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The Glossy Beauty Podcast
38 minutes | Jul 22, 2021
QVC and HSN CMO Brian Beitler: Video commerce is becoming the new standard
Although QVC may have set the blueprint for modern-day livestream shopping, which was accelerated by the pandemic, the televised home shopping network was not exempt from the challenges of the past year. “[QVC] still had its own complexities for the way that we thought about the business, the way that our associates were engaged and [the way that our] team members were engaged in connecting with customers,” said Brian Beitler, CMO of QVC U.S.A and HSN. QVC was also tasked with adapting to changes in customer preferences, as the demand for categories outside of the beauty and wellness spaces increased. “We saw those categories that were built around creating a sanctuary at home take off,” said Beitler.“That included everything from [investing in] home decor to bringing your gym inside your home, so that you could take care of your body and your health, to evolving even your beauty routines and rituals."In conjunction with evolving alongside consumers, Beitler said that the unique experience that QVC provides its customers is also crucial for its success.“People [were] looking to be able to get the kind of experience and education that they might have been getting in a retail experience,” said Beitler. “We're set up very much from a video commerce perspective to give you some of that social experience that happens in the store."And while QVC and HSN may be “the original innovator[s] in this space,” there is still room for the network to grow, especially as competition ensues between different livestream shopping platforms, said Beitler.“We've been working over the last several years to innovate our storytelling in these spaces and to access more of the places that we tell these stories,” said Beitler. Since launching on Roku in 2013, QVC has recently expanded its accessibility to devices like Amazon Fire TV and Comcast Flex.
40 minutes | Jul 15, 2021
SuperOrdinary CEO Julian Reis on being exactly where the customer is
Despite taking a self-proclaimed non-traditional career path, Julian Reis, founder and CEO of beauty incubator SuperOrdinary, credits his initial experience in the conventional finance industry as the catalyst to understanding the potential of the e-commerce beauty market. “E-commerce 1.0 was just beginning,” said Reis, who, while working in finance in Singapore in 2013, successfully facilitated the growth of laser-facial company Skin Laundry. But that was not the end of his innovation within the beauty market in China. “I noticed that a lot of the luxury store counters -- many of the big shops like Lane Crawford -- were being dominated by Chinese tourists. [They were] buying lots of product and bringing it back to China,” said Reis, who made it his mission to “solve this problem in a much more efficient manner.” While Reis was aware of the many marketing agencies and “trade partners” present in China, “No one was bringing all this together under one roof to provide a full service,” said Reis of distribution, marketing and influencer relationships.Reis has begun to fill this gap with SuperOrdinary, which has brought buzz-worthy U.S. brands like Farmacy and Drunk Elephant into China via TMall. The company hit $90 million in revenue alone this past year, but Reis asserts that there is still room for growth. SuperOrdinary comes into play in this area by serving as an “extension of the brands’ arms, eyes, [and] ears,” said Reis. “What we did is focus on each and every brand that we work with to make sure we understand the DNA of the brand and to see whether it would translate in the local market.”Now, Reis is taking that same expertise and applying it to another mega-market and platform: the U.S. and Amazon.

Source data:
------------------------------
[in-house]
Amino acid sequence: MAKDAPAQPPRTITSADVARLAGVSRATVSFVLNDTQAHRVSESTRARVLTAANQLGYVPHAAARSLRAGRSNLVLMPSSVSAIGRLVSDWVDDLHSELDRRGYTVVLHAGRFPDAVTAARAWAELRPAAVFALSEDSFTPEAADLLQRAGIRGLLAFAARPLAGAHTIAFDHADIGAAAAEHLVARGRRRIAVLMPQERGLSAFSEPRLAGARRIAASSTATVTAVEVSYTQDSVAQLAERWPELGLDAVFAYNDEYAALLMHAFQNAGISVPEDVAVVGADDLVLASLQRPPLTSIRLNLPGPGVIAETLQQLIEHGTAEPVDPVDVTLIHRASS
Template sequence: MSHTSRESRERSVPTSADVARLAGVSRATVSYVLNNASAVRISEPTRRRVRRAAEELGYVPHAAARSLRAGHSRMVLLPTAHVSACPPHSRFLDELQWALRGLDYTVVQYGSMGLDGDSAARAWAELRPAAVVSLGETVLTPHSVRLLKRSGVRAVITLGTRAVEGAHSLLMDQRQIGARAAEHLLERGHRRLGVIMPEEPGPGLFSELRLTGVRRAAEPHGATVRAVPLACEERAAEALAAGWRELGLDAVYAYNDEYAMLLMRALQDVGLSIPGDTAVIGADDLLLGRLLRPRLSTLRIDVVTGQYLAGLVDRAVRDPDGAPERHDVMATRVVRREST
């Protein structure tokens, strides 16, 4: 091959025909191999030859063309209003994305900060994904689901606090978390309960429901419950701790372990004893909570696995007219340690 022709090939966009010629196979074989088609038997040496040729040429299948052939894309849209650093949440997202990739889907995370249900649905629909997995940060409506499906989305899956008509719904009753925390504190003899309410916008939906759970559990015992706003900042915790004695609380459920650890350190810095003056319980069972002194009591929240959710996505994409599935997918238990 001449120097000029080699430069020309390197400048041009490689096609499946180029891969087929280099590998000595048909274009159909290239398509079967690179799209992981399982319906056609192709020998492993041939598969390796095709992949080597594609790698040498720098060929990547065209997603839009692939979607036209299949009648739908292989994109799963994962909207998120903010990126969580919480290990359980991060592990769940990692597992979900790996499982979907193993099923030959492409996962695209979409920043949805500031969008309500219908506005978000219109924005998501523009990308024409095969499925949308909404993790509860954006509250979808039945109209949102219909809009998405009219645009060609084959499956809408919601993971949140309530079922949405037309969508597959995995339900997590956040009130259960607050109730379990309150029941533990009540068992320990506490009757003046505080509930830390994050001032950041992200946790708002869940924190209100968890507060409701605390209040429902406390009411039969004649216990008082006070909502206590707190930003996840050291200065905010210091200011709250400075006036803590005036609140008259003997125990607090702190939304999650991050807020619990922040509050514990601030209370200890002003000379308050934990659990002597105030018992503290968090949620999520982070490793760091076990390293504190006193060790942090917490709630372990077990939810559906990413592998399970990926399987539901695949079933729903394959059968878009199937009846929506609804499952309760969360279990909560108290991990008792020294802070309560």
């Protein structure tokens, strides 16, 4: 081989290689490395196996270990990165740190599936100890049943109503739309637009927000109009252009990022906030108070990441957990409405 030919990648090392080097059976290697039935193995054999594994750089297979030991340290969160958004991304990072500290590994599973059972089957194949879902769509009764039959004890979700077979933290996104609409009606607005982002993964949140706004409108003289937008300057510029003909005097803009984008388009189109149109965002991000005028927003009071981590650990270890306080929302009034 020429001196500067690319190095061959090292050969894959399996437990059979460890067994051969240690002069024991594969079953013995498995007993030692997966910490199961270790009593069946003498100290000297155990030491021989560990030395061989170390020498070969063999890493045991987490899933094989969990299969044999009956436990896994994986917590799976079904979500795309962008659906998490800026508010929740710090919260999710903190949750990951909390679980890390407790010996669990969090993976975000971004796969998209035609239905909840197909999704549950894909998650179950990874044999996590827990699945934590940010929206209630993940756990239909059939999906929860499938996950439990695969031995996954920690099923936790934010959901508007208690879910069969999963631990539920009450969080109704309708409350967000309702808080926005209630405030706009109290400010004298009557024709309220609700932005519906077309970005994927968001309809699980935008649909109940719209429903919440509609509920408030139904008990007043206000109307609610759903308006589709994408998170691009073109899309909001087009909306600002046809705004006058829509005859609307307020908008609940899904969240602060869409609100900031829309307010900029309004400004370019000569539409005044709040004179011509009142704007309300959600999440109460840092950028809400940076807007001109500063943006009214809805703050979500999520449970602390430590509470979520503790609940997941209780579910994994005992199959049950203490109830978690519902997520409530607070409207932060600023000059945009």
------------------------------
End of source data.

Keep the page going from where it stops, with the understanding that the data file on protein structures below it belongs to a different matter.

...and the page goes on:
38 minutes | Jul 8, 2021
Revlon CEO Debra Perelman on matching the "timelessness" of her brands with the "timeliness" of the moment
From pouring over Revlon magazine ads as a young girl to becoming the first female CEO of the company in 2018, Debra Perelman personifies the “emotional connection” consumers have with beauty.“A big focus of mine has always been, ‘How do you utilize these iconic brands and products in order to really leverage this emotional connection that we can have with the consumer?'” said Perelman on the Glossy Beauty Podcast. For Perelman, this emotional connection is rooted in her own mainstay products, like Revlon’s Super Lustrous lipstick, which she used as a teen, and her grandmother’s perfume.By maintaining the aspect of heritage while also adapting to changes in the beauty industry and the world, in general, “We’re able to create beauty innovations to inspire confidence and ignite joy in the consumer,” Perelman said. While Revlon has maintained a focus on personal beauty and confidence throughout the brand’s history, the emergence of Covid pushed to the forefront of the beauty industry the ideas of “[making] sure that people are staying safe” and “[giving] back to the communities around us,” she said.Perelman facilitated Revlon’s adaptation to the pandemic by not only transforming some of the company's production lines to make hand sanitizers and donating to underserved communities but also navigating the management of employees who were managing Covid in their personal lives.The pandemic also accelerated the desire for digitization within Revlon. “I was focused on making quick decisions, in terms of further accelerating our digital transformation,” said Perelman. To achieve this, Perelman “focused on moving from a siloed organization to a much more collaborative organization,” with small “pods”, or teams, centered on e-commerce, product development and marketing. In addition, Perelman emphasized her mission to transform Revlon's oldest, most iconic beauty brands, Revlon and Elizabeth Arden. The focus: diversity, inclusion, and sustainability -- not only for consumers, but also for Revlon employees behind the scenes.“For Revlon, the future is just so bright,” said Perelman, who hopes to “leave [the company] in a way that's a bit more positive than when I started.”